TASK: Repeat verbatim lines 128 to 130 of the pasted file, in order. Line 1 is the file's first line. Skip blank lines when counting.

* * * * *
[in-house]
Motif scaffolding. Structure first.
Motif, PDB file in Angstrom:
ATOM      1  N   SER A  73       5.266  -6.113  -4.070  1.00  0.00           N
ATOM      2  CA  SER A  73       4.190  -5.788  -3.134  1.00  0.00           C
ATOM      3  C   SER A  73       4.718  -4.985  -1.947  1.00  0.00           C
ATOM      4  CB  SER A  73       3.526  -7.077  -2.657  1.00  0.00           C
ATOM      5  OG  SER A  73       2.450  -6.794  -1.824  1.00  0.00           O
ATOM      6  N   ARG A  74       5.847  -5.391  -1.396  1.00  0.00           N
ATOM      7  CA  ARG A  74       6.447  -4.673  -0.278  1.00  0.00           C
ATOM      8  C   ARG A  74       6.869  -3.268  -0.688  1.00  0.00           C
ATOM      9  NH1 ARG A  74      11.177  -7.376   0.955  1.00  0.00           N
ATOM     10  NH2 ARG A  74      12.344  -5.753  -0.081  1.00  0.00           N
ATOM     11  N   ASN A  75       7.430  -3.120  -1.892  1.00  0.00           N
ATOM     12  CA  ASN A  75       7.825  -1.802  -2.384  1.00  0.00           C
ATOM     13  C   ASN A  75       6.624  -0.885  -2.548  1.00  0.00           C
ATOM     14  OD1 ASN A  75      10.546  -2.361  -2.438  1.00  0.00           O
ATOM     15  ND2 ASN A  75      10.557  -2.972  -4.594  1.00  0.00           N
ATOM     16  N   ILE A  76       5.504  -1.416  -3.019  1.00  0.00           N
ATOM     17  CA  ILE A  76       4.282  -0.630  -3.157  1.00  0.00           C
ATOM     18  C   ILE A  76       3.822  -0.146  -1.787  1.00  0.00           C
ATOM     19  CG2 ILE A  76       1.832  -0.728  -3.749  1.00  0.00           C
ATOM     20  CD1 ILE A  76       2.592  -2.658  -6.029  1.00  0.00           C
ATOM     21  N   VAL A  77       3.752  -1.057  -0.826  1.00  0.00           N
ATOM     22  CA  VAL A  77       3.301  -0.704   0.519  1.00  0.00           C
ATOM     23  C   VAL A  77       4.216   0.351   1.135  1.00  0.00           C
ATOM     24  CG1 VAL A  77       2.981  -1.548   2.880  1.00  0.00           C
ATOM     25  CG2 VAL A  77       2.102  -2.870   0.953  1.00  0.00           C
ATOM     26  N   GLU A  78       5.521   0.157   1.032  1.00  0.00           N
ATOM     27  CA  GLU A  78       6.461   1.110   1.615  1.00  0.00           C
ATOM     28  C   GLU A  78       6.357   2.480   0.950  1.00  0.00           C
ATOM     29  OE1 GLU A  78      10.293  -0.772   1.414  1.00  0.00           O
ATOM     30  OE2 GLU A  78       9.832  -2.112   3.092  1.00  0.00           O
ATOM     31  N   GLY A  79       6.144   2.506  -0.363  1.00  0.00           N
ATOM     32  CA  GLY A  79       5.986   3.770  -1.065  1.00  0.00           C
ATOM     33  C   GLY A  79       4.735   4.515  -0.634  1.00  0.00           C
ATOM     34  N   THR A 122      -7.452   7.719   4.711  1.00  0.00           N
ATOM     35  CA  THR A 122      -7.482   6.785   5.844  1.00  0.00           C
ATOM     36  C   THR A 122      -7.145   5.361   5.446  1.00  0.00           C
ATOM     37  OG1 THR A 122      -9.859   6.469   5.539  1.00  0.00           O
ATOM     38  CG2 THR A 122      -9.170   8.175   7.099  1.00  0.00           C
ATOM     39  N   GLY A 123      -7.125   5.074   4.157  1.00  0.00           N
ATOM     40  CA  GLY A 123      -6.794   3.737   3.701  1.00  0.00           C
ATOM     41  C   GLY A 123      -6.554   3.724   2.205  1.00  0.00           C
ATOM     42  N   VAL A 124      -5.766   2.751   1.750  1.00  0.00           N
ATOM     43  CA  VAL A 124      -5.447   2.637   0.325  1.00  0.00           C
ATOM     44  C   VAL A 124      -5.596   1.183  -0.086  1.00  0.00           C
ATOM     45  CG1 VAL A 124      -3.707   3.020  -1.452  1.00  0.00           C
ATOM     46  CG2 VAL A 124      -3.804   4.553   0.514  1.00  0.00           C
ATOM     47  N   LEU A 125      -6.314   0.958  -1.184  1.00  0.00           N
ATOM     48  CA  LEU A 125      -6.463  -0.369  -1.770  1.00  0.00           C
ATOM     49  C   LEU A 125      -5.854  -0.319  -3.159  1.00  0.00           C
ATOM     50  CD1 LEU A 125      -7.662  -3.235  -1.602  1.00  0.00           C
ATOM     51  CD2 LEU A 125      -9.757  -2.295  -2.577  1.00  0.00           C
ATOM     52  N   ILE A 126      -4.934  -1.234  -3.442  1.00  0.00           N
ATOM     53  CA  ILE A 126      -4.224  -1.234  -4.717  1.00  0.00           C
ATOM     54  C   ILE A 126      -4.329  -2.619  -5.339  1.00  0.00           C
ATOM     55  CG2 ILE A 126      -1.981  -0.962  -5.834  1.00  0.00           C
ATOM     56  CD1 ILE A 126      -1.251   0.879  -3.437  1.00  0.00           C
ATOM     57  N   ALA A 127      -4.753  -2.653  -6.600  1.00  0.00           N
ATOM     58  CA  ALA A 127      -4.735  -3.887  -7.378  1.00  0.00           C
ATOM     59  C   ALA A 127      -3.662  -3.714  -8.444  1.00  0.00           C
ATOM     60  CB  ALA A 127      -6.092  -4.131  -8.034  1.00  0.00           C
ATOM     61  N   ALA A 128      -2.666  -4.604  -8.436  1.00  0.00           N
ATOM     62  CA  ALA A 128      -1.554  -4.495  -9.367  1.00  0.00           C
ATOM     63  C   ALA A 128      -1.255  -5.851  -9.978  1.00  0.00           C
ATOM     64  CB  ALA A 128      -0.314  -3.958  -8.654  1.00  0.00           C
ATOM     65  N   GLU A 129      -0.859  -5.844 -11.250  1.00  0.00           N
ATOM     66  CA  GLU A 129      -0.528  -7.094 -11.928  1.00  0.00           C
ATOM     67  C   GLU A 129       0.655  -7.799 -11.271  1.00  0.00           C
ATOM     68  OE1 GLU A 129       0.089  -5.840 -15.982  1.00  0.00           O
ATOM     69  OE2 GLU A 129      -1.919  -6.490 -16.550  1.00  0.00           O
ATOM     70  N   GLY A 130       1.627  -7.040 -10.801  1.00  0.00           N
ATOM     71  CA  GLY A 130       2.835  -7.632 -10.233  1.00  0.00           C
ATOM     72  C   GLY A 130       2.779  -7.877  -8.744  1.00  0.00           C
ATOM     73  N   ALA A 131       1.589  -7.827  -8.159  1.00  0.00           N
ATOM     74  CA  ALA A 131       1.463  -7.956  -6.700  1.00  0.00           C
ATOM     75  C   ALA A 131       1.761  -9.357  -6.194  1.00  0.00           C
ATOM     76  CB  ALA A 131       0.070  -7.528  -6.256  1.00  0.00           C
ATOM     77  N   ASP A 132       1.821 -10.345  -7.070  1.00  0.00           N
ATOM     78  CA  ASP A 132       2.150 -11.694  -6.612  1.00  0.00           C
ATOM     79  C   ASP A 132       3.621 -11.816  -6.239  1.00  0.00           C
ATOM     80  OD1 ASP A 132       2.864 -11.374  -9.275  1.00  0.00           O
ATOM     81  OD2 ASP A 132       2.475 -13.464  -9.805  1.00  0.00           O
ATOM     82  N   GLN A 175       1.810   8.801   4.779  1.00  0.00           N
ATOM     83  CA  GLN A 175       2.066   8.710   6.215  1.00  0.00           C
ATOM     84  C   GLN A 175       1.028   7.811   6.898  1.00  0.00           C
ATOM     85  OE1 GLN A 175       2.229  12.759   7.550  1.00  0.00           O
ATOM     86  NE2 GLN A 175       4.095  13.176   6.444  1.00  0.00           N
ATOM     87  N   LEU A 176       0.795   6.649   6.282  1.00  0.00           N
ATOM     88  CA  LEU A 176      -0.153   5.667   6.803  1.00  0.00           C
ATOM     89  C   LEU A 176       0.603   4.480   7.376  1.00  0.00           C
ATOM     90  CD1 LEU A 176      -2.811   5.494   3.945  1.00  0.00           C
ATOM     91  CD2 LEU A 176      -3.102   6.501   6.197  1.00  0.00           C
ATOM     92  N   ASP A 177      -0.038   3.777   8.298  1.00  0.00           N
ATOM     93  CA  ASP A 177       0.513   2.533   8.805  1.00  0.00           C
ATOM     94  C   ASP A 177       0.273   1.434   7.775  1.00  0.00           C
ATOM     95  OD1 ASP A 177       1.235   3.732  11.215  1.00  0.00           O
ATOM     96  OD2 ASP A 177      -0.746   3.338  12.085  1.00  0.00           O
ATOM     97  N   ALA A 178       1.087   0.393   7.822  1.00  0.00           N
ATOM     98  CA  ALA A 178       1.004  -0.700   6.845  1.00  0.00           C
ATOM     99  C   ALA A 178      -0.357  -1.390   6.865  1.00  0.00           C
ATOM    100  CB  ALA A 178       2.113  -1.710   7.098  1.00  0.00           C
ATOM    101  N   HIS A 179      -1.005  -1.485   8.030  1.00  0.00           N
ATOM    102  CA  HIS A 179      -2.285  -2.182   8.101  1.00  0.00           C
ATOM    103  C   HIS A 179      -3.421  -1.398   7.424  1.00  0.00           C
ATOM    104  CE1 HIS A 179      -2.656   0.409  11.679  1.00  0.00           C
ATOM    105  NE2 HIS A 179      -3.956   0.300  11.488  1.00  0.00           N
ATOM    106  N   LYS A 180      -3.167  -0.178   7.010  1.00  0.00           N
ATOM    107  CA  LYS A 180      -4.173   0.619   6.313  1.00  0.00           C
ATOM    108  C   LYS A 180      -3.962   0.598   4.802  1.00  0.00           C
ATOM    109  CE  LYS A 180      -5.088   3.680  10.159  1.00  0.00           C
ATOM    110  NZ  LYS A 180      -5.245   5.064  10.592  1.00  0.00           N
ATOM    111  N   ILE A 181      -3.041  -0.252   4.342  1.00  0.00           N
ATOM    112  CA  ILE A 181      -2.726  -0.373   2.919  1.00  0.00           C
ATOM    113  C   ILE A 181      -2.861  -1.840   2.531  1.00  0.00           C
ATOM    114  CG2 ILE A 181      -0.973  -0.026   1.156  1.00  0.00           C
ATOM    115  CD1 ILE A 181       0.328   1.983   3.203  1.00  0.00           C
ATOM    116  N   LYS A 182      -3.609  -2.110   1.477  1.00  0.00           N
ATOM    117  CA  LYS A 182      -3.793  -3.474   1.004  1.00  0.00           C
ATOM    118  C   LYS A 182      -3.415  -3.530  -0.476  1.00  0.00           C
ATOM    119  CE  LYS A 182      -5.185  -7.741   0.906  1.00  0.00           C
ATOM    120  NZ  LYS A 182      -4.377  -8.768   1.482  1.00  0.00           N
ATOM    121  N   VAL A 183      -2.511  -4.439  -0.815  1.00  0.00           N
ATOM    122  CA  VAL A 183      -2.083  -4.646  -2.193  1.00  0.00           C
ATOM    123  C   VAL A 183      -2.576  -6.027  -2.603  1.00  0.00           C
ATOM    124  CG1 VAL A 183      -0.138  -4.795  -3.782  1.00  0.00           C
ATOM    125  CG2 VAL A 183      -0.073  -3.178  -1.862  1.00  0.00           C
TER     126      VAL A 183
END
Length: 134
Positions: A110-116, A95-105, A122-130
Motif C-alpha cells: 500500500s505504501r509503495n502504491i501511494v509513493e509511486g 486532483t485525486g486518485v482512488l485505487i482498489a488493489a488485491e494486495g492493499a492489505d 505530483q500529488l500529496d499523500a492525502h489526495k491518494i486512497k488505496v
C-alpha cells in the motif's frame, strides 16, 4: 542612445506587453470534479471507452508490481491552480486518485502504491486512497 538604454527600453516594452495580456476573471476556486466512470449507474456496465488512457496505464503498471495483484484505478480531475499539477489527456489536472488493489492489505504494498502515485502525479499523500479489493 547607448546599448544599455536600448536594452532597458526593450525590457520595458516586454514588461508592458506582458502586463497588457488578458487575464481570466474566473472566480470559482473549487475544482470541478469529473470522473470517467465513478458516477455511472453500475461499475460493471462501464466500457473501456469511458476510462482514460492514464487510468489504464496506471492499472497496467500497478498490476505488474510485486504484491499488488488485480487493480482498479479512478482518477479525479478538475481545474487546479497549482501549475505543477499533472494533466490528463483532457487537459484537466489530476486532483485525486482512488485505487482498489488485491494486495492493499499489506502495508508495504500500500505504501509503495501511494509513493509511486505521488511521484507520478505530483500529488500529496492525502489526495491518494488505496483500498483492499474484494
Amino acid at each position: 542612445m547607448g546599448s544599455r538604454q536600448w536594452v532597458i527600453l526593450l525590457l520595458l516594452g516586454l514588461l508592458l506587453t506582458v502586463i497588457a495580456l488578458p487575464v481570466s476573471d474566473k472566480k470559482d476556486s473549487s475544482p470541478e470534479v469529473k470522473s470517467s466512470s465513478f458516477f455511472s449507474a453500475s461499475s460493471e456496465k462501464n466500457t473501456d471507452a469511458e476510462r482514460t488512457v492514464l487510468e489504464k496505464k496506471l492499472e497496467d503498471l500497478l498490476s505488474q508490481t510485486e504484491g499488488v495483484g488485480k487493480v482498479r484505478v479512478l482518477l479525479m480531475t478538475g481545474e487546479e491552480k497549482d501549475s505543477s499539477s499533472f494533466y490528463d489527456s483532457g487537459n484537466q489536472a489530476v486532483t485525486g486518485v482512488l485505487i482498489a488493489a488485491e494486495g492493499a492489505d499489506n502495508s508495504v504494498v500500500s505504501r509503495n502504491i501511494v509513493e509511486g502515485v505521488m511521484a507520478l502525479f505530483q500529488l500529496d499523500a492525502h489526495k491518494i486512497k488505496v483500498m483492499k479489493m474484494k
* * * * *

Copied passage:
ATOM    125  CG2 VAL A 183      -0.073  -3.178  -1.862  1.00  0.00           C
TER     126      VAL A 183
END